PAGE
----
Markings like these trouble the poem’s coherence, seeming to indicate language’s unexpected edges, a limit in the distance that a given poem can go in any one direction, or the way fragile memory under pressure forces a pivot from moment to moment. Reading “Mexico,” nearly lost in the faraway story that the poem tells, the marks are a crosscurrent abrading the surface of the page, interrupting the narrative like a sideways glance to the long riverbank, a sun glare in the eyes distracting us from the poem’s conjuring realism. It’s one of the many stories from which we can’t make full sense, a compression of the precarious power relations that layered those years:

             she became pregnant by Minh
who was married and yet wanted her with him
and when she gave birth to a son
she gave the son to Minh's
wife     and then she was free     and didn't see
      him again

Other graphic incursions return throughout the book, carving the poems with elisions that hold open lapses in the sayable and mark unretrievable loss. In another memory-poem, slashes are hinges that patchwork these remnants, or “( x ),” a fastener to constellate disparate images. In “Mother’s River Moon,” “: \\\\\ ///// :” is the emblem of the “river-parted lovers / of myth” and an untranslatable hieroglyph at the heart of the poem: “a story of brushing hair.”

Orphanhood runs throughout A Thousand Times You Lose Your Treasure in various forms—biographical, phantasmal, cultural, and figural. Nguyen fuses the wide array of voices inhabiting the poems to offer them a sense of rootedness, embodied being and choral harmony at home in the confluent waters of language. Rather than simply reconstruct Diep’s hidden history in Vietnam, Nguyen relives and reimagines it, breathing renewed life into the adventurous youth her mother had deemed her “sole memory,” and transforming that memory into an evolving complex of experience lifted into the present. In the face of official historic record, Nguyen’s poems are defiant refusals: “we be we / transcend history” and “we sing her story beyond time.” Instead, the first-person pronoun, Nguyen’s lyric I, is her vessel for crossing the immense distances of time and geographic remove. In “Naming Assembles You,” early in the collection, she writes, “ah you / not me,” as if discovering that the speaker of her own poems seems to be other than, or in excess of herself. From that moment on, every written I throughout Treasure vibrates multivocally along with she and we, encompassing a conversation between daughter and mother that co-authors the book.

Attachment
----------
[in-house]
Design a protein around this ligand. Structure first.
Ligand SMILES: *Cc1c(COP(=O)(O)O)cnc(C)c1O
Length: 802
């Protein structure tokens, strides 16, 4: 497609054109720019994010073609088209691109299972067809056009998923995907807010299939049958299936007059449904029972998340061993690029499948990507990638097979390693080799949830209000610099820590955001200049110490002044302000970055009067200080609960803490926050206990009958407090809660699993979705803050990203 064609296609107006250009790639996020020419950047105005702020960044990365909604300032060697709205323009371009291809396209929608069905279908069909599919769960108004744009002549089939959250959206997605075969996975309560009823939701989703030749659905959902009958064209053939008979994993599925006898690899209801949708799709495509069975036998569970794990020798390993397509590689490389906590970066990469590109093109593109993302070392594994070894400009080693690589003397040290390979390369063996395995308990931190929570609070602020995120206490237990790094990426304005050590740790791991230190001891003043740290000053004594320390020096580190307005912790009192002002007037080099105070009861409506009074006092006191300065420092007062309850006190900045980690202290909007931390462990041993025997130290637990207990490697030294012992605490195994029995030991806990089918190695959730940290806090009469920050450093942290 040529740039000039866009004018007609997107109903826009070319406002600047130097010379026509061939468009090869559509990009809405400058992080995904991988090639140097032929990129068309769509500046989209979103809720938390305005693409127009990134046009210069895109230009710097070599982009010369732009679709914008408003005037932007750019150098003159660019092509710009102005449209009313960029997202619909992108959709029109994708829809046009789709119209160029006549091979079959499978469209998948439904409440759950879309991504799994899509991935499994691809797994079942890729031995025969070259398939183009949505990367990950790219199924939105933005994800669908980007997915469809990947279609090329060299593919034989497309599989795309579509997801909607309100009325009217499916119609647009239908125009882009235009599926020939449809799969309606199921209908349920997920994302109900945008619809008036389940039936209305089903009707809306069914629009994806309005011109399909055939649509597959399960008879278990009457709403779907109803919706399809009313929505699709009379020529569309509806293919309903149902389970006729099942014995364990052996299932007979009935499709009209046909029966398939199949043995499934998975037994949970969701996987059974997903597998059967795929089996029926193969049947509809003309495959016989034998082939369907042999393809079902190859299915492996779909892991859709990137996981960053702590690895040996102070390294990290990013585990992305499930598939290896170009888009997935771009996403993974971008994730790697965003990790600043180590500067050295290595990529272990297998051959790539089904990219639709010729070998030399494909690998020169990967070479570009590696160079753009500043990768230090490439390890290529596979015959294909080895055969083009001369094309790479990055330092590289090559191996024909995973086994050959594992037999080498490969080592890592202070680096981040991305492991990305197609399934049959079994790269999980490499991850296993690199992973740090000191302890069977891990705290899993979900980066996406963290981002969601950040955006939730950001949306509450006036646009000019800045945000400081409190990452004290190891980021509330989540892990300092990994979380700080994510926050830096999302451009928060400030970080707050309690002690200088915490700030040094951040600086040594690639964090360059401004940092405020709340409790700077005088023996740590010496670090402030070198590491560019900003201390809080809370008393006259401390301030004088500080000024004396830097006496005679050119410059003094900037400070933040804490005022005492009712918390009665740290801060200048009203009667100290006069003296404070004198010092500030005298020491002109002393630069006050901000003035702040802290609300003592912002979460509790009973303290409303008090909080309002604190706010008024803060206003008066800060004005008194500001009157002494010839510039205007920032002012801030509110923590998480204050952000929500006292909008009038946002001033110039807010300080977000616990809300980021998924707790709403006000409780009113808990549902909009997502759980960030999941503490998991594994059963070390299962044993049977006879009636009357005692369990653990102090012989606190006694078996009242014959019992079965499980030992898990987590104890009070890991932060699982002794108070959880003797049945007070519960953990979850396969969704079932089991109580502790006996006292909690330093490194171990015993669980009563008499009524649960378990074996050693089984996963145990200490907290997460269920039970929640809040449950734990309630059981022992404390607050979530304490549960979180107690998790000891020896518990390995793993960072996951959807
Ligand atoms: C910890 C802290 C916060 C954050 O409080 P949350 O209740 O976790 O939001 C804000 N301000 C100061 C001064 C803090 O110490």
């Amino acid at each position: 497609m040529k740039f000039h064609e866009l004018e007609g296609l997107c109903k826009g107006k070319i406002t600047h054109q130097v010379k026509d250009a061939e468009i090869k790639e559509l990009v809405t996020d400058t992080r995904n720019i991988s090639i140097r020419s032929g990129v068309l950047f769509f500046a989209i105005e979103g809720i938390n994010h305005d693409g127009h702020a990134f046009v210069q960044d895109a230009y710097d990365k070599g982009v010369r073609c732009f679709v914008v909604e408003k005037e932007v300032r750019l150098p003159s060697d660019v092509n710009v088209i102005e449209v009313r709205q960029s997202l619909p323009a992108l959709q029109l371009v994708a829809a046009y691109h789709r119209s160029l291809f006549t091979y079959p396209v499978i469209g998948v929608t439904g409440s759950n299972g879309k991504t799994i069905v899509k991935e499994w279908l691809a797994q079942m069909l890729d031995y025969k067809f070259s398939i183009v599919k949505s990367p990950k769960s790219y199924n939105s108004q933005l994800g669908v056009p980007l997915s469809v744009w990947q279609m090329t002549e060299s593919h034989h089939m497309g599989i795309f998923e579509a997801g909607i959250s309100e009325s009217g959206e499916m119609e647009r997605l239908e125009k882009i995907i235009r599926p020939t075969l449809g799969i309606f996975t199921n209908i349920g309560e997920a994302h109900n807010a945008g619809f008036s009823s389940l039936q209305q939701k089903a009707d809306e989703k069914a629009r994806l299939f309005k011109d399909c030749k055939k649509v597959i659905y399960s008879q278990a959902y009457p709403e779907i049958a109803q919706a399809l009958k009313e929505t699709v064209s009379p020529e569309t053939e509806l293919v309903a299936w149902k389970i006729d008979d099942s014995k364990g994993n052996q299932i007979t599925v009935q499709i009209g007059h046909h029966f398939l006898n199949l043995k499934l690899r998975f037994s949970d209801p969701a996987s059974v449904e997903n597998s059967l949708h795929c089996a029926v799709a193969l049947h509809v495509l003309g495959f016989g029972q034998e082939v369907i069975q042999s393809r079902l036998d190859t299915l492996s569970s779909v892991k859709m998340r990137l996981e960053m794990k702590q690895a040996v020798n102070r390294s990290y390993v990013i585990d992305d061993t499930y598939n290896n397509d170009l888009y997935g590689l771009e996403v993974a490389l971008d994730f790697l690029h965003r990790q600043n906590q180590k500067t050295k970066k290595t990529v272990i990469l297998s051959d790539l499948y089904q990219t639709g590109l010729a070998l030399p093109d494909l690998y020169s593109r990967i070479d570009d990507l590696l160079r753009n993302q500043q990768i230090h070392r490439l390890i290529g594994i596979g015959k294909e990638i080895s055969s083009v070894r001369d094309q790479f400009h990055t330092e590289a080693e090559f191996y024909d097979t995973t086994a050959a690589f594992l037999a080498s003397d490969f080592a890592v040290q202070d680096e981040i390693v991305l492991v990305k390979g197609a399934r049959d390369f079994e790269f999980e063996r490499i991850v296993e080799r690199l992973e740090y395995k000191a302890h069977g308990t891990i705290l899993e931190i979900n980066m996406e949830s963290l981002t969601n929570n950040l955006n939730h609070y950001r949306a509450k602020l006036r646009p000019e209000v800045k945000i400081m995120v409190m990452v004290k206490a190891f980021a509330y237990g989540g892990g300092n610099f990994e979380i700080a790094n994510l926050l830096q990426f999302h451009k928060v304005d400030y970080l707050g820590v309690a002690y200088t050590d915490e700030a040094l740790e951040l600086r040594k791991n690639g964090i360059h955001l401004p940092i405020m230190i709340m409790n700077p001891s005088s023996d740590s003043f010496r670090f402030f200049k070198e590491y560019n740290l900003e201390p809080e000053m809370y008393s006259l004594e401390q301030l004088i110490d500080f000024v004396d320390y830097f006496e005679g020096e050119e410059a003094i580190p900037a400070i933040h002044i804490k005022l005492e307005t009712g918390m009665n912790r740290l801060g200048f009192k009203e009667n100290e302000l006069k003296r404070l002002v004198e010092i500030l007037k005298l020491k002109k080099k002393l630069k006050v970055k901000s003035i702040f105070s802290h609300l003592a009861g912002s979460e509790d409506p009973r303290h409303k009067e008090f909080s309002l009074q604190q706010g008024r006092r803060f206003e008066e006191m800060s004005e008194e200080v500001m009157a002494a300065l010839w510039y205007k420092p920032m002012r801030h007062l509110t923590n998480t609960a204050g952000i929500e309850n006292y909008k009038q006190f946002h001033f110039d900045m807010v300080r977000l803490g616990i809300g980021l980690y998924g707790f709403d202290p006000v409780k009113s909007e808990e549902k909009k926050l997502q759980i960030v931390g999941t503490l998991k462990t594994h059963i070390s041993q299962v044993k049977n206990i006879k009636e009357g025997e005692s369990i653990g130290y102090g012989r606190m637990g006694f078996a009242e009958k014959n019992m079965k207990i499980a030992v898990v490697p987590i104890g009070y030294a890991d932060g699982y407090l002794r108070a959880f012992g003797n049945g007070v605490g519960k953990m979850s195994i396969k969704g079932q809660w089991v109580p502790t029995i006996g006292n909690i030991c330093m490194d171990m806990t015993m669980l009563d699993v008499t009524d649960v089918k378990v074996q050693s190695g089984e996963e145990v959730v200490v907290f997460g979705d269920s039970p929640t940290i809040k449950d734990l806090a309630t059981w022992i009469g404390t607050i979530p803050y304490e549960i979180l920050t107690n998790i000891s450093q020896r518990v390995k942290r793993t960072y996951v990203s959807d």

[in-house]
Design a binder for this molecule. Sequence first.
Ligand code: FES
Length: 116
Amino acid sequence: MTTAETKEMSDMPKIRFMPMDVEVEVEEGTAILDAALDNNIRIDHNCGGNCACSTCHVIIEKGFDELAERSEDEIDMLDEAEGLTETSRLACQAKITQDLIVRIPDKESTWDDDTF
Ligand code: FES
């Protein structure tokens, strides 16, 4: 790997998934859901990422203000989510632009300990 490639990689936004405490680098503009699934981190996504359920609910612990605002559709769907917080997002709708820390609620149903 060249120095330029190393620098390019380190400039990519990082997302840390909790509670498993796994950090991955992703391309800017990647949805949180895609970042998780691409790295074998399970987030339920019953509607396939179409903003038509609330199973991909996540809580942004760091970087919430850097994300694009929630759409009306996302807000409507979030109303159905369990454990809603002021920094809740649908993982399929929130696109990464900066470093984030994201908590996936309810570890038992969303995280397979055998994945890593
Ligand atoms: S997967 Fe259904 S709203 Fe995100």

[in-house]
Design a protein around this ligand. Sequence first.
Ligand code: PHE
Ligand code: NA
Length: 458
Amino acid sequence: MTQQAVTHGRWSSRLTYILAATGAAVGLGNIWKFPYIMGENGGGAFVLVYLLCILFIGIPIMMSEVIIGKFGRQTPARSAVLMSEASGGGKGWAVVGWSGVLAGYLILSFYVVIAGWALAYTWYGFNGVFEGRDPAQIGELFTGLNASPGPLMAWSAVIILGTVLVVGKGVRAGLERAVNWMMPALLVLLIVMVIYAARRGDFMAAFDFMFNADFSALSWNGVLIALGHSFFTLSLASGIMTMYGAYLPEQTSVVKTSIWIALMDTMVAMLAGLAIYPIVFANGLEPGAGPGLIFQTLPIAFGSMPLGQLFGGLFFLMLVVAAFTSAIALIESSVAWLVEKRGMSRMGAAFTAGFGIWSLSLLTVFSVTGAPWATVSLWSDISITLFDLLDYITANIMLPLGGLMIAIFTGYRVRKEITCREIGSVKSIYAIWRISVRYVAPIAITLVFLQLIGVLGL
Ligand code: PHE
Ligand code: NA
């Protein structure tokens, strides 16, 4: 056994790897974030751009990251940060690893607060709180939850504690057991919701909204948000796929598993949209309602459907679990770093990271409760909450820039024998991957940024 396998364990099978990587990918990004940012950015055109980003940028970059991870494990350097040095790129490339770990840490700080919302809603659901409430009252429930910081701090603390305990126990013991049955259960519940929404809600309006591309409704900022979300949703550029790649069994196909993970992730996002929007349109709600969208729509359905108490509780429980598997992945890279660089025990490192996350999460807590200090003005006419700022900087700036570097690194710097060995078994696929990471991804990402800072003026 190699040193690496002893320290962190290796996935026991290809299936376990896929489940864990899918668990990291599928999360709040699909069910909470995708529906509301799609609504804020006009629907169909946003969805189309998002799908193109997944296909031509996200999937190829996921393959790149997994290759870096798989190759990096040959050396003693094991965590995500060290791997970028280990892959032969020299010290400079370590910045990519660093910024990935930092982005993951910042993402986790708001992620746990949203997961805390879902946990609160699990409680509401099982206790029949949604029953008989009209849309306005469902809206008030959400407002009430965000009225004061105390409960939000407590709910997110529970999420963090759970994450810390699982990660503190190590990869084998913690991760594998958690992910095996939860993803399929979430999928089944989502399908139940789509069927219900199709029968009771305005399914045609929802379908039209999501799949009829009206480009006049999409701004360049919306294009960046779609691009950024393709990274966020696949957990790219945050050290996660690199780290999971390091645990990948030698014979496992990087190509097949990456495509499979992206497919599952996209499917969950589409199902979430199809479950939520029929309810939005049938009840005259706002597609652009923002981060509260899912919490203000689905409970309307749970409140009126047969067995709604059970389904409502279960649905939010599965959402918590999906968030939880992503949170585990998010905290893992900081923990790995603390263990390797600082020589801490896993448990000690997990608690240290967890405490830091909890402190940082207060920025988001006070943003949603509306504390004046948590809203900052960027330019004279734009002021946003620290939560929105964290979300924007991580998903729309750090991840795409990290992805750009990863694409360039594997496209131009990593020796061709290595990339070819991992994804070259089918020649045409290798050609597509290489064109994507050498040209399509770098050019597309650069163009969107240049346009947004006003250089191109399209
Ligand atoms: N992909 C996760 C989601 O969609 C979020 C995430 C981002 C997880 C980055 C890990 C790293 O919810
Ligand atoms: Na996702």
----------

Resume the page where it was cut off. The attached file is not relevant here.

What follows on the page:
Their merging through the poems realizes a figural return without resolution to the poet’s denied homeland and the events that would impress upon their lives in North America. “[I]f I write flowery and incomplete,” reads one poem, and another: “She / buried the nest us as nest so we could unbury.” Bookending A Thousand Times You Lose Your Treasure is a second photograph from the country road shoot, this time of Diep riding with her face determinedly forward-looking and arms outstretched in flight: “To say you are flying flying fucking flying / on the small French motorbike.” Flight, in all its bravery and double meanings, its sense of survival and extra-human capacity to continue onward, is the spirit that animates the music of this celebratory and elegiac book. Comprising two short but expansive lines, the penultimate poem “We Sing To” reads:

wing a string     we sing to
       wing again


Michael Cavuto

Michael Cavuto is a poet whose first book, Country Poems, was published by Knife Fork Book in 2020. After six years in New York City, he recently moved to Durham, North Carolina. He is an editor for the Slow Poetry in America Newsletter and auric press.


The Brooklyn Rail

DEC 21-JAN 22